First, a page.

abstract = "Most trials of vitamin D supplementation have shown no benefits on bone mineral density (BMD), although severe vitamin D deficiency causes osteomalacia, which is associated with profound BMD deficits. Recently, the ViDA‐BMD study from New Zealand demonstrated a threshold of baseline 25‐hydroxyvitamin D (25OHD; 30 nmol/L) below which vitamin D supplementation did benefit BMD. We have now reexamined data from a similar trial in Aberdeen to determine whether a baseline 25OHD threshold of 30 nmol/L is also observed in that database. The Aberdeen study recruited 305 postmenopausal women in late winter and randomized them to receive placebo, vitamin D 400 IU/d, or vitamin D 1000 IU/d over 1 year. As previously reported, BMD loss at the hip was reduced by vitamin D 1000 IU/d only, and there was no significant treatment effect of either dose at the lumbar spine. In the present analysis, when the trial participants were grouped according to whether their baseline 25OHD was ≤30 nmol/L or above this threshold, significant treatment effects were apparent at both the spine and hip in those with baseline 25OHD ≤30 nmol/L, but no significant effects were apparent in those with baseline 25OHD above this level. There was evidence of a similar threshold for effects on parathyroid hormone, but no groups showed changes in bone turnover markers during the study. It is concluded that vitamin D supplements only increase bone density in adults with nadir 25OHD ≤30 nmol/L. This moves us further toward a trial‐based definition of vitamin D deficiency in adults with adequate calcium intakes and suggests that supplement use should be targeted accordingly. Future trials of vitamin D supplementation should focus on individuals with 25OHD concentrations in this range. {\circledC} 2018 American Society for Bone and Mineral Research.",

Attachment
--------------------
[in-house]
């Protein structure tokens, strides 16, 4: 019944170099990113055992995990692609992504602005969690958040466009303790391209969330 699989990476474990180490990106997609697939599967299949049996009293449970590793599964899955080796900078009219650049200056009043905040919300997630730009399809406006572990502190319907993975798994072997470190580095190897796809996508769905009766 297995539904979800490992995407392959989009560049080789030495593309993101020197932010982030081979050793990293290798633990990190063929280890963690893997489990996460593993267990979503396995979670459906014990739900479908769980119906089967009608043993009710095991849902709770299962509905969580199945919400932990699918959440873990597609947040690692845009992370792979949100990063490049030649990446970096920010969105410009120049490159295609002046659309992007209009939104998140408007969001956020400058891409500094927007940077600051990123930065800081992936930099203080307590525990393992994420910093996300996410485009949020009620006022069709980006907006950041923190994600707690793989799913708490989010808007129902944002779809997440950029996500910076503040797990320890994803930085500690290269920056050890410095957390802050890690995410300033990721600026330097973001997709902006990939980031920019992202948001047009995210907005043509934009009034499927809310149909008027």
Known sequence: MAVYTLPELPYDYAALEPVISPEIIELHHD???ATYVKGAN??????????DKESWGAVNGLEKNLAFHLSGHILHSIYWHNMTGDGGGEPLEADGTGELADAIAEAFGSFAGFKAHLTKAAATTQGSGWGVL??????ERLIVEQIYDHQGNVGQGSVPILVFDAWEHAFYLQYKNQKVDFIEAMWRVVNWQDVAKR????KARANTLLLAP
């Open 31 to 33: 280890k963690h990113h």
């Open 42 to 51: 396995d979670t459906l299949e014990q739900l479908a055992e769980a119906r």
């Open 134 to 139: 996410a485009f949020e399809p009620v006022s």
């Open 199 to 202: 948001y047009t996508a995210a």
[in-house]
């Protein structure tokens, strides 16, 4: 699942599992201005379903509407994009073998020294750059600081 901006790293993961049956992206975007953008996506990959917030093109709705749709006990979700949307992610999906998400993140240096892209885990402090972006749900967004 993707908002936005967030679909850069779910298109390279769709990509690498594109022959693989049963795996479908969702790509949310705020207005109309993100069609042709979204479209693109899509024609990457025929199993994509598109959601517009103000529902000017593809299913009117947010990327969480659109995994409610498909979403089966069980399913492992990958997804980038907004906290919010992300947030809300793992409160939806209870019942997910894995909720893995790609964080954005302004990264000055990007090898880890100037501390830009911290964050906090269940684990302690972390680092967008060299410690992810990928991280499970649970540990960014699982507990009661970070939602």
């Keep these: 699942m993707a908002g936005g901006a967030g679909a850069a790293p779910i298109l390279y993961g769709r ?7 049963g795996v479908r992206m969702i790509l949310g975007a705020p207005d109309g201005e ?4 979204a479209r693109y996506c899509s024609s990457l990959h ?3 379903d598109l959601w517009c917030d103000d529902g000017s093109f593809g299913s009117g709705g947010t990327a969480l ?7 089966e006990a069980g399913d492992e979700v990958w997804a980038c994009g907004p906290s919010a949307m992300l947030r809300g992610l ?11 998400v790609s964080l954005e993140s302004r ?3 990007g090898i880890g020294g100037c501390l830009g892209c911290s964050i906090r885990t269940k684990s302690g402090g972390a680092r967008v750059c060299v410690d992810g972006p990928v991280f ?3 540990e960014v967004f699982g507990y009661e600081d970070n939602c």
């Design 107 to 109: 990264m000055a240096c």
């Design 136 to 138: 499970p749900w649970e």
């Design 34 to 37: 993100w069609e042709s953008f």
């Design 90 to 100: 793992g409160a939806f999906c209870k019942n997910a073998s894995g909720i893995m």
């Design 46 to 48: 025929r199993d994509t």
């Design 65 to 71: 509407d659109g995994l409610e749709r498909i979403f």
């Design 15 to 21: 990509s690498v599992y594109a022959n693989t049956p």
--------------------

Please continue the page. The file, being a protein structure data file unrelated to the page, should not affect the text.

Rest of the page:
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AU - Gamble,Gregory D

AU - Fraser,William D

AU - Tang,Jonathan C

AU - Wood,Adrian D

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AB - Most trials of vitamin D supplementation have shown no benefits on bone mineral density (BMD), although severe vitamin D deficiency causes osteomalacia, which is associated with profound BMD deficits. Recently, the ViDA‐BMD study from New Zealand demonstrated a threshold of baseline 25‐hydroxyvitamin D (25OHD; 30 nmol/L) below which vitamin D supplementation did benefit BMD. We have now reexamined data from a similar trial in Aberdeen to determine whether a baseline 25OHD threshold of 30 nmol/L is also observed in that database. The Aberdeen study recruited 305 postmenopausal women in late winter and randomized them to receive placebo, vitamin D 400 IU/d, or vitamin D 1000 IU/d over 1 year. As previously reported, BMD loss at the hip was reduced by vitamin D 1000 IU/d only, and there was no significant treatment effect of either dose at the lumbar spine. In the present analysis, when the trial participants were grouped according to whether their baseline 25OHD was ≤30 nmol/L or above this threshold, significant treatment effects were apparent at both the spine and hip in those with baseline 25OHD ≤30 nmol/L, but no significant effects were apparent in those with baseline 25OHD above this level. There was evidence of a similar threshold for effects on parathyroid hormone, but no groups showed changes in bone turnover markers during the study. It is concluded that vitamin D supplements only increase bone density in adults with nadir 25OHD ≤30 nmol/L. This moves us further toward a trial‐based definition of vitamin D deficiency in adults with adequate calcium intakes and suggests that supplement use should be targeted accordingly. Future trials of vitamin D supplementation should focus on individuals with 25OHD concentrations in this range. © 2018 American Society for Bone and Mineral Research.